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Woman who helped run Columbus Co. ‘pill mill’ sentenced to prison

Woman charged in Tabor City pill mill, sentenced to 5 years in prison
Published: May. 6, 2022 at 2:42 PM EDT
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WILMINGTON, N.C. (WECT) - A Bladen County woman who helped a former doctor operate a “pill mill” in Columbus County is heading to prison.

Tammy Lynn Thompson was sentenced Friday to 60 months in prison for unlawfully distributing oxycodone, hydrocodone, methadone, and marijuana.

“The defendant helped to illegally distribute opioids, jeopardizing the safety of the community,” said Michael Easley, U.S. Attorney for the Eastern District of North Carolina. “My office will continue to collaborate with law enforcement at all levels to dismantle criminal organizations that are contributing to the drug problems in eastern North Carolina.”

Thompson’s co-defendant, Jong Kim, pleaded guilty to multiple counts and was sentenced earlier this year to 78 months in prison.

“In 2017, Thompson helped Kim — who had previously been forced to resign from an area medical practice due to concerns over his opioid prescribing practices — to open his own clinic in Tabor City, NC,” a Department of Justice release states. “From October 2017 to June 28, 2018, Thompson helped Kim unlawfully and improperly prescribe opioids and other controlled substances by bringing in “patients” who paid $200 cash at each appointment. The investigation revealed that Kim wrote controlled substance prescriptions to virtually every patient he saw and often failed to meet the basic standards of legitimate medical care.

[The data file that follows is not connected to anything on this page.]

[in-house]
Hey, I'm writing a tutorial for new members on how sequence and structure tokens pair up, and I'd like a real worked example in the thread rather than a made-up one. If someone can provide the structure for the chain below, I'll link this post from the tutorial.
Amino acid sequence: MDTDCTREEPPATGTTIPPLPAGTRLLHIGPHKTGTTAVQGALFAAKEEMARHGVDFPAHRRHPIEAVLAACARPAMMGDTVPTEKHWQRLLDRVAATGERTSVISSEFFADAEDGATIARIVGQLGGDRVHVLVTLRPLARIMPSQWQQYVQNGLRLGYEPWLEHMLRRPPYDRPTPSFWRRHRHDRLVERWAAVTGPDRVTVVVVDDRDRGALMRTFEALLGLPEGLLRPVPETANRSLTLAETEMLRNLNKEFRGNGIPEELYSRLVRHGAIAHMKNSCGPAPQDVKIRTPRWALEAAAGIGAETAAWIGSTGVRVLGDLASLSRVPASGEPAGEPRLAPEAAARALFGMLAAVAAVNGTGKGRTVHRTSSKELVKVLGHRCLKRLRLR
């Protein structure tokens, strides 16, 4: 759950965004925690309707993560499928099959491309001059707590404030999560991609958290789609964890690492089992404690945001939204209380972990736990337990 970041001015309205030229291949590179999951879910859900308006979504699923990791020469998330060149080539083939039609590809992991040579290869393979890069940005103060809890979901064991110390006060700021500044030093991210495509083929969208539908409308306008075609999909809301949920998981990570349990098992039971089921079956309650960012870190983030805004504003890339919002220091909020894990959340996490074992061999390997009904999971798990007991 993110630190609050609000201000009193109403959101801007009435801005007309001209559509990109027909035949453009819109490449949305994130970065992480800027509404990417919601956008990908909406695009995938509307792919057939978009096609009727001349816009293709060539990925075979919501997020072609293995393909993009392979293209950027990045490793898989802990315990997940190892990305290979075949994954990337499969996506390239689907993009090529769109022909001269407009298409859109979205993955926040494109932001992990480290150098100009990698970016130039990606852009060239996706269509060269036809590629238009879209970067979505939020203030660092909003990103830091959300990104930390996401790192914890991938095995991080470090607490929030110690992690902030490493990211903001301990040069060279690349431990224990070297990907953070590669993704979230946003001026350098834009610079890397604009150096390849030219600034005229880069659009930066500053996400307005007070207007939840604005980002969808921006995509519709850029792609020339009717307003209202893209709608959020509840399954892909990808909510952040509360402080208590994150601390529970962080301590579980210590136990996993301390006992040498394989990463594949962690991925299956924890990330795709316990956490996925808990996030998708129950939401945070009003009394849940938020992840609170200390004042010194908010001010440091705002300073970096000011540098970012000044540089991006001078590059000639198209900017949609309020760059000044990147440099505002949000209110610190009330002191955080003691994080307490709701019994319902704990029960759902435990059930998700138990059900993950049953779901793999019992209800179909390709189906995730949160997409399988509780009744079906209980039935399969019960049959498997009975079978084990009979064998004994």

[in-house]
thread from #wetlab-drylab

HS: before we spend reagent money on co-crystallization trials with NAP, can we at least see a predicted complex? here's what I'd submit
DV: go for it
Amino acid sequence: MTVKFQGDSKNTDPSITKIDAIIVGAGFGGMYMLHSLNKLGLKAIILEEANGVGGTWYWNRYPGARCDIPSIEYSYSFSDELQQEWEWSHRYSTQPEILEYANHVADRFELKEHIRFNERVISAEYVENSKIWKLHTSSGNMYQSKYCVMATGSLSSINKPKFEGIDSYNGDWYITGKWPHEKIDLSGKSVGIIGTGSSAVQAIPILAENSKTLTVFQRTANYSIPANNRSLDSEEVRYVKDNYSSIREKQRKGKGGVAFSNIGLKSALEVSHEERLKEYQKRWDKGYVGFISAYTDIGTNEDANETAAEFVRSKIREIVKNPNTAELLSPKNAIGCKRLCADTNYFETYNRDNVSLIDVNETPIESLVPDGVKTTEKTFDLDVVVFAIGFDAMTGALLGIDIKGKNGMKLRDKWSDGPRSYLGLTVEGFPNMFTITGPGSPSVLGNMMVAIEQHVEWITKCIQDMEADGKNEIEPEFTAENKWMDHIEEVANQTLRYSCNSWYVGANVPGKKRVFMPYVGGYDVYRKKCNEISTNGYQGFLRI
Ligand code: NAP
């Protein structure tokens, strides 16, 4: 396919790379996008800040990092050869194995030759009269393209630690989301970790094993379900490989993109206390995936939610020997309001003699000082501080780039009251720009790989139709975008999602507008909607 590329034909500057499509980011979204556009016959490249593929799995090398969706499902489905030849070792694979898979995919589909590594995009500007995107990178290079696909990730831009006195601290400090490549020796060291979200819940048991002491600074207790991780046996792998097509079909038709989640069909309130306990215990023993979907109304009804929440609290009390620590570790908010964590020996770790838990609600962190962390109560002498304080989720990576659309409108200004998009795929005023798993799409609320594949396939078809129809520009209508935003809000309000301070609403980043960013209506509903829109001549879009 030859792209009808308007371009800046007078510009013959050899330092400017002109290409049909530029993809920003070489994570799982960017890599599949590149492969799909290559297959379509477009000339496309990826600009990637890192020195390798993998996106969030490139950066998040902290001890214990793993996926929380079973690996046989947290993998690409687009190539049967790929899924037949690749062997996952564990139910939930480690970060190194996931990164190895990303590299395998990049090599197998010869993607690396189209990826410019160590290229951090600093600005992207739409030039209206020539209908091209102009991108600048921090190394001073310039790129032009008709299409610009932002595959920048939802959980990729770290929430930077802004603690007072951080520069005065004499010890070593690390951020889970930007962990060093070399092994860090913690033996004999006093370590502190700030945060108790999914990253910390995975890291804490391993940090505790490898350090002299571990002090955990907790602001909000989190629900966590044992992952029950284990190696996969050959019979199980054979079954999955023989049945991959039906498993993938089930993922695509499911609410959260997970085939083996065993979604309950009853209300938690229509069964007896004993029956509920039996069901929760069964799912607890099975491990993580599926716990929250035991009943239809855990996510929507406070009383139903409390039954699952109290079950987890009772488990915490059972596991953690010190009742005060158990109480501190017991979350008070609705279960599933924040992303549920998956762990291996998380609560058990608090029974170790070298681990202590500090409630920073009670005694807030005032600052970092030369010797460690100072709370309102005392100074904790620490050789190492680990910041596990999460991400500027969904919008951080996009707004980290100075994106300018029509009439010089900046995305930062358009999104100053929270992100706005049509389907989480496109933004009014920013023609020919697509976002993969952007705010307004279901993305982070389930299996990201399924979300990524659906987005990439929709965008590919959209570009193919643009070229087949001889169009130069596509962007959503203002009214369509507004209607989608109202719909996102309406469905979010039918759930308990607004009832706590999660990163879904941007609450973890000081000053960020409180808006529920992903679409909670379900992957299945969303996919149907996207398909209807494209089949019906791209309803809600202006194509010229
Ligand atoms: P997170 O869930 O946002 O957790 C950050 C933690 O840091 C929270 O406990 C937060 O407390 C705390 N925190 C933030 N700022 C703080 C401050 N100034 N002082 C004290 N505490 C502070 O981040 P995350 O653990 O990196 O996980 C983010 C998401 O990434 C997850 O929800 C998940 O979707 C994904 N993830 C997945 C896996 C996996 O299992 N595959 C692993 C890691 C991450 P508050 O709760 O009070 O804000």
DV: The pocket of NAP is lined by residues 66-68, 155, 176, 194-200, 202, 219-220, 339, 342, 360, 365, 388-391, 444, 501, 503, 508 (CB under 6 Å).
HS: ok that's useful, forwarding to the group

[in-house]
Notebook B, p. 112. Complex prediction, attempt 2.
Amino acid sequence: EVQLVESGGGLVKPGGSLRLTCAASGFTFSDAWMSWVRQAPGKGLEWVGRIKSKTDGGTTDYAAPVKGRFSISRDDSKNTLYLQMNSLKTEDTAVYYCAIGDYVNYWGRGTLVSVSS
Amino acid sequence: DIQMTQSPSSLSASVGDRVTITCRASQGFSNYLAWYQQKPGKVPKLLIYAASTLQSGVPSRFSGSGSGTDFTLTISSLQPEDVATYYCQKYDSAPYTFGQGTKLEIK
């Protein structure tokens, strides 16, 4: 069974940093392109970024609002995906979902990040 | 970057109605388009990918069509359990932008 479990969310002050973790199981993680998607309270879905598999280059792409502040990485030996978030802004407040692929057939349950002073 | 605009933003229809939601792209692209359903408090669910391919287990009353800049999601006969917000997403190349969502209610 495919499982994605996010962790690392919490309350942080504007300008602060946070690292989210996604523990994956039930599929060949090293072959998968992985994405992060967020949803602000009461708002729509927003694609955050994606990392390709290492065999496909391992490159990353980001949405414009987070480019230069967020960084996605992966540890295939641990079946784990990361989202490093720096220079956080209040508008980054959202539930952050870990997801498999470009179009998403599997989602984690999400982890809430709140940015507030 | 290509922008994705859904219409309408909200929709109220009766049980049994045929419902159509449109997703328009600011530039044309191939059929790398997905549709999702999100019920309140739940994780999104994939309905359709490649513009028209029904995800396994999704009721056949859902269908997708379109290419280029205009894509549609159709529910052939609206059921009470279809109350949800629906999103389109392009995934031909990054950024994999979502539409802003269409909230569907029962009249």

“Word spread quickly and the pill mill drew people from across Eastern North Carolina and other states. The volume of patients and associated activity in the parking lot of the clinic created safety concerns for the adjacent Tabor City Elementary School, which was forced to restrict outdoor activities for students until a privacy fence was constructed. Additionally, Thompson sold marijuana and hydrocodone on multiple occasions at both the clinic and the residence she shared with Kim.

“In January 2018, a confidential source began conducting a series of controlled purchases from Kim and Thompson, which were audio and video recorded. On June 29, 2018, search warrants were executed at Kim’s clinic and residence and Kim and Thompson were arrested. A medical expert who reviewed Kim’s records found no evidence that Kim was providing real medical care and concluded that Kim was merely exchanging prescriptions for money.”

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